There are currently about 7 billion people living on the planet as of last year, and it does not appear that there will be any fewer of us in the foreseeable future. In fact, some population forecasts say that, by the end of the twenty-first century, there will be over 10 billion people. But, for various reasons, millions of those people go hungry every night.
One study conducted by a multinational team of researchers from Finland, Germany, and the Netherlands, has found that a significant reason that hunger is so prevalent in the world is due to waste. They say that, if waste was eliminated even by half, an additional billion people in the world could be fed every day.
It would be close to impossible to clear significantly more agricultural land because certain materials used for fertilizers are currently running low. There is also not enough clean water for every person on earth, and 90 percent of the clean water used by people is already used for agriculture.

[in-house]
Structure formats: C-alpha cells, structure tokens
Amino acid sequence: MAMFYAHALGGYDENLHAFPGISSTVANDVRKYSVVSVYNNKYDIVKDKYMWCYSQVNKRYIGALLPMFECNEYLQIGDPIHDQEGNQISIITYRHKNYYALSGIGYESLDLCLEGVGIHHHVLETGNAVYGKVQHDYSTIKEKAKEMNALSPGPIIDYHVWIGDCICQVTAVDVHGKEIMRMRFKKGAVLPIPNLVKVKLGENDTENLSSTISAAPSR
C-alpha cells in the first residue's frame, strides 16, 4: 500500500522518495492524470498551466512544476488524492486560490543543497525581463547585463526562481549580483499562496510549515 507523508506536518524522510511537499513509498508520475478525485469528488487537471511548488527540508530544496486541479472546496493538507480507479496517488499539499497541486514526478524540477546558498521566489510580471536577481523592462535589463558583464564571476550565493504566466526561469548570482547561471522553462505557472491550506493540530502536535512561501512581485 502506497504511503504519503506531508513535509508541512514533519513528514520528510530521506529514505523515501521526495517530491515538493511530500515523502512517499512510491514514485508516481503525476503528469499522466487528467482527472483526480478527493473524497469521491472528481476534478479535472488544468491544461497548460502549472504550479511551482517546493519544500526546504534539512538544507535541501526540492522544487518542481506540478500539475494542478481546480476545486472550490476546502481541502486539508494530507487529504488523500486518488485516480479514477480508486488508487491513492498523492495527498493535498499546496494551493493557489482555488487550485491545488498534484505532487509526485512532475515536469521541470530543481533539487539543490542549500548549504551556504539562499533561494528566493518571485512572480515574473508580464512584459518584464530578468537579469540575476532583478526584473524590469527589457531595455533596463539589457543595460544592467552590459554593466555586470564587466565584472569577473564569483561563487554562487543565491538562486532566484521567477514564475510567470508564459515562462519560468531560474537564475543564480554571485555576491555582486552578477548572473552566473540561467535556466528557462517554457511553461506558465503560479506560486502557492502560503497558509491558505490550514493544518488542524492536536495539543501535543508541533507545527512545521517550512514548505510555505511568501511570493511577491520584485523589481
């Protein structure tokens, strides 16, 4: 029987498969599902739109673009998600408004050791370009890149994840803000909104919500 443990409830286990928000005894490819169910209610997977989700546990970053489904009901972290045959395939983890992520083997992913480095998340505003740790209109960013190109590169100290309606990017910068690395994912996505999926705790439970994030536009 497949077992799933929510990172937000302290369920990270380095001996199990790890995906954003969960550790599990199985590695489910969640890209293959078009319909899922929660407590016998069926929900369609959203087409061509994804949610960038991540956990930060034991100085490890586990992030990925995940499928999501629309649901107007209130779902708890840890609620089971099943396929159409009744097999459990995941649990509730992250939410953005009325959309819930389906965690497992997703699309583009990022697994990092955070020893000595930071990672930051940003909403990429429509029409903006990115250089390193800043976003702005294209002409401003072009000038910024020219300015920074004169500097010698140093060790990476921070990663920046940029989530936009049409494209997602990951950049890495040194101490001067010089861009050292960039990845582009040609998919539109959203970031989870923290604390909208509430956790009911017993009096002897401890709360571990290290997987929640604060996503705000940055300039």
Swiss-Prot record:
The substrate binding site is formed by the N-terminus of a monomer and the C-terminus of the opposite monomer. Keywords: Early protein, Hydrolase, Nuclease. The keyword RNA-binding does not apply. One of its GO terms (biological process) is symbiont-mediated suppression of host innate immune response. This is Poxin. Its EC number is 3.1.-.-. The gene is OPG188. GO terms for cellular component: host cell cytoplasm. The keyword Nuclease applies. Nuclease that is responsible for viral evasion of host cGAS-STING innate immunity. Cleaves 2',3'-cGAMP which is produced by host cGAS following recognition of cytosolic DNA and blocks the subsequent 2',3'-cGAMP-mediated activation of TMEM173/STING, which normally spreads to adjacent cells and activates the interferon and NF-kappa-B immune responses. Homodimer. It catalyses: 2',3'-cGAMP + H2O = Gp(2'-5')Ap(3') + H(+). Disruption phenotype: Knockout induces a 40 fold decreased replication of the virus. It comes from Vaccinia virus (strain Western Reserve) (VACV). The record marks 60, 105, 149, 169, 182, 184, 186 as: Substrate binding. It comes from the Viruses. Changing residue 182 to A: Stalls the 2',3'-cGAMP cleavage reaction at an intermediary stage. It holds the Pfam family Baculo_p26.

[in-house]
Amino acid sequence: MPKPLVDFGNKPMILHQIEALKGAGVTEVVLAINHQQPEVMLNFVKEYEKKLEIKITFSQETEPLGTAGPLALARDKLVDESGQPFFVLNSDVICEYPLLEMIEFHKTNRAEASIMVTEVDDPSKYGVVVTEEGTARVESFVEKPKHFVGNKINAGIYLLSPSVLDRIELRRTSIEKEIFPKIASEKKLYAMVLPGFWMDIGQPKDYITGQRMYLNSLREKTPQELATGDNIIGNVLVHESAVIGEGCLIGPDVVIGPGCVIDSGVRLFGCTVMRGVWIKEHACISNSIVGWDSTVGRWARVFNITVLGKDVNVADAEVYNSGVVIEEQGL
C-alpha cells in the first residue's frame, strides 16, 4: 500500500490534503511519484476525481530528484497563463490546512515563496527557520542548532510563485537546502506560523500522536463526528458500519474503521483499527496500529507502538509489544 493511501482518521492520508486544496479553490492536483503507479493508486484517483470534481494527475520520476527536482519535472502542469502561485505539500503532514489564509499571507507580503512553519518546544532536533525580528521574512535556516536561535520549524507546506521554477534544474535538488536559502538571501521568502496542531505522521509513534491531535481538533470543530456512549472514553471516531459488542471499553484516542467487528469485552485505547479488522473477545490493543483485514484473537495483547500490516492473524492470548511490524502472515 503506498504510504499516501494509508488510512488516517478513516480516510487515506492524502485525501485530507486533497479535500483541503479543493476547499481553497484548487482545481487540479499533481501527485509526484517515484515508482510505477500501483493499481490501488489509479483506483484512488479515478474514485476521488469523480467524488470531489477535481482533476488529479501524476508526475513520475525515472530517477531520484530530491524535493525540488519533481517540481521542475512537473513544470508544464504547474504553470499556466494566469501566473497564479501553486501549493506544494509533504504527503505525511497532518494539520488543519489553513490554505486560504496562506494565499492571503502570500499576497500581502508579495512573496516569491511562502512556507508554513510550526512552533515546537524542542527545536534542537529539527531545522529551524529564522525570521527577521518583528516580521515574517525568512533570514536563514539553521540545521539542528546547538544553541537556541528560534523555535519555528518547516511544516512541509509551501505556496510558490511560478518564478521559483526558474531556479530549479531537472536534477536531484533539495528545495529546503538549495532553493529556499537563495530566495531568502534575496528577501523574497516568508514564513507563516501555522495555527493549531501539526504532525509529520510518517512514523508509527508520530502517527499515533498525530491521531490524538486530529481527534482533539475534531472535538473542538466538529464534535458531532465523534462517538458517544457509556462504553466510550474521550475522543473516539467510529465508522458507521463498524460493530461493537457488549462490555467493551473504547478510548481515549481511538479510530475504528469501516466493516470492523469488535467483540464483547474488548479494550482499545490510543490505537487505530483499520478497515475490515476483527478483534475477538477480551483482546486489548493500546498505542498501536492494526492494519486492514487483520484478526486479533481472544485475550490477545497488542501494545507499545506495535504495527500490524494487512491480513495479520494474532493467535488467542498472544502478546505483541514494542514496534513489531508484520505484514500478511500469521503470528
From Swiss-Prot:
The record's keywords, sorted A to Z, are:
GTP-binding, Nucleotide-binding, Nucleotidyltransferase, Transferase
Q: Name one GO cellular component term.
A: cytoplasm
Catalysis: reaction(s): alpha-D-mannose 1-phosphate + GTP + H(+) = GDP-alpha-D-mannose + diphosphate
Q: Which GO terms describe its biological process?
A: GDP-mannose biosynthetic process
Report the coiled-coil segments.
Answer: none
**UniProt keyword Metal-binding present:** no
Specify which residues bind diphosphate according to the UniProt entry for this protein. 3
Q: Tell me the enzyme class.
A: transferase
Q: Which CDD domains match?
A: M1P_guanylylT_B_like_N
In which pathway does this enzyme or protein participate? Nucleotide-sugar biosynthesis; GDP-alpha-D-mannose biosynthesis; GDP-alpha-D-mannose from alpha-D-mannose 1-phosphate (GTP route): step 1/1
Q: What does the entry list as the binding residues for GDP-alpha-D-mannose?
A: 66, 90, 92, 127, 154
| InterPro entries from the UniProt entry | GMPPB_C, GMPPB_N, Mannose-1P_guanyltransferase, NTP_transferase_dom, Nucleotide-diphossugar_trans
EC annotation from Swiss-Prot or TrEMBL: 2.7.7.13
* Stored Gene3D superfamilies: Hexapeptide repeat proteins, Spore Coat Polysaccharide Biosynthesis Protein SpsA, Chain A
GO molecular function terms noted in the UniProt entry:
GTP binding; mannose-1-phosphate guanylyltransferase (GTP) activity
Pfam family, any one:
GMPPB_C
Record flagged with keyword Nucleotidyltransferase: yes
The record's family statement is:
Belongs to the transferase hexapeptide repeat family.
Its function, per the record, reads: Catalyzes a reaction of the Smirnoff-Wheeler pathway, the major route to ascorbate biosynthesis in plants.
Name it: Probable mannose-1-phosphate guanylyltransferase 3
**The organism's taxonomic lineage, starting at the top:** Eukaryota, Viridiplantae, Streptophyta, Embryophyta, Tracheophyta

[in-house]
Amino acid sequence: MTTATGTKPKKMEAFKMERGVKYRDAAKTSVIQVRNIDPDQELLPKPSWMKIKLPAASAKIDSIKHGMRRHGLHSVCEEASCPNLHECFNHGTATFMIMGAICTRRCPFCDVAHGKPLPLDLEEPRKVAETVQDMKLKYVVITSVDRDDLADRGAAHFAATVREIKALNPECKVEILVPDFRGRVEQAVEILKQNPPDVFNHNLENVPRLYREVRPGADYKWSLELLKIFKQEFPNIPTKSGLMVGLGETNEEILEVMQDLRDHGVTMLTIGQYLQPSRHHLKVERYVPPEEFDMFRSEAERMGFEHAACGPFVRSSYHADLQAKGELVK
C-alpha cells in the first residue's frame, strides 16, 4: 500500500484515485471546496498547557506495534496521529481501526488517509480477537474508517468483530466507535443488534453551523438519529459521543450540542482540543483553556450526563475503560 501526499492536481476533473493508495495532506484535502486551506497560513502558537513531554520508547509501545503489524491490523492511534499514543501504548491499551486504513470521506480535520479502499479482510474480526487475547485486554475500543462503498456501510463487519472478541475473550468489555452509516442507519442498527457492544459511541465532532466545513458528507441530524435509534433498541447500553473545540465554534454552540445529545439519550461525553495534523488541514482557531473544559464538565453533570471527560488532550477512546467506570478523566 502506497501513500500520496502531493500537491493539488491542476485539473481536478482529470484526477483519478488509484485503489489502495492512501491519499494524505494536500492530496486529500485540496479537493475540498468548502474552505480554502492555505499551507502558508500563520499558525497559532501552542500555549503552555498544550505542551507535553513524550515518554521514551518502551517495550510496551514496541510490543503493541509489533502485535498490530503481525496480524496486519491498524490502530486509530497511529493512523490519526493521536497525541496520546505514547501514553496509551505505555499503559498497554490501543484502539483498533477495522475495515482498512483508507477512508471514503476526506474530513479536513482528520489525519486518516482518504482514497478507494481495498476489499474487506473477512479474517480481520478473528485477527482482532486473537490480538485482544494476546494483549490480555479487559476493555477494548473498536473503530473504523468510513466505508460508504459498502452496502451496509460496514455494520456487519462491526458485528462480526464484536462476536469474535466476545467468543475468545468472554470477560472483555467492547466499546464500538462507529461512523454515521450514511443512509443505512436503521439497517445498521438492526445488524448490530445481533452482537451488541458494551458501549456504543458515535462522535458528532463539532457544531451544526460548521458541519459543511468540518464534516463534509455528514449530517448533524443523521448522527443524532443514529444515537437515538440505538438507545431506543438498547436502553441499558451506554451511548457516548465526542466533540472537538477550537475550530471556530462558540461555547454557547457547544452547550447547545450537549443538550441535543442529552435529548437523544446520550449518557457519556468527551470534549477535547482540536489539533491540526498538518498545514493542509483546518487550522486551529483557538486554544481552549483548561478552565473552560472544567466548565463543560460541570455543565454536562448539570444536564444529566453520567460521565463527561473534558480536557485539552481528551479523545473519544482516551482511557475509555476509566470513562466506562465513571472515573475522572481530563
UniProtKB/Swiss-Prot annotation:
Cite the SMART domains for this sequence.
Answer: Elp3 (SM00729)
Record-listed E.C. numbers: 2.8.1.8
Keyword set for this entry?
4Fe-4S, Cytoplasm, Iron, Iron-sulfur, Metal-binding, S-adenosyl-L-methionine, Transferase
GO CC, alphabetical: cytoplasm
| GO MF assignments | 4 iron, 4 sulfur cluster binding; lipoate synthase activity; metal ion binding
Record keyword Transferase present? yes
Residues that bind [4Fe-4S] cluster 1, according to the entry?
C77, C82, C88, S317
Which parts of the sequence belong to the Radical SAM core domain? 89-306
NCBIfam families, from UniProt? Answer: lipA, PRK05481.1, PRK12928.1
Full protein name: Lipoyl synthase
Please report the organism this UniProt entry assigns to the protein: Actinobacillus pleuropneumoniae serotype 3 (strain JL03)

Nonetheless, a quarter of the food calories produced right now is wasted or lost at different steps of the food production chain. Aside from the fact that these foods do not make it to people's plates, these lost or wasted items also account for 24 percent of the water used for agriculture, 23 percent of the land used to grow these fruits and vegetables, and 23 percent of fertilizer use.
The researchers developed a model based on the amount of losses incurred by region. Then, using the region with the lowest number of losses as a base, they discovered just how much food we could produce.
Their study found that 614 kilocalories per person were lost a day. Without those losses, food production would produce 2,609 kilocalories per person a day. With just the currently used resources, we could feed an additional billion people. That would mean that, of the 925 million people in the world who currently go hungry, all of them could eat full meals every day.
The researchers urge people to pay attention, because the growth of food today could impact food supply in the future.
The study was published in the Science of the Total Environment.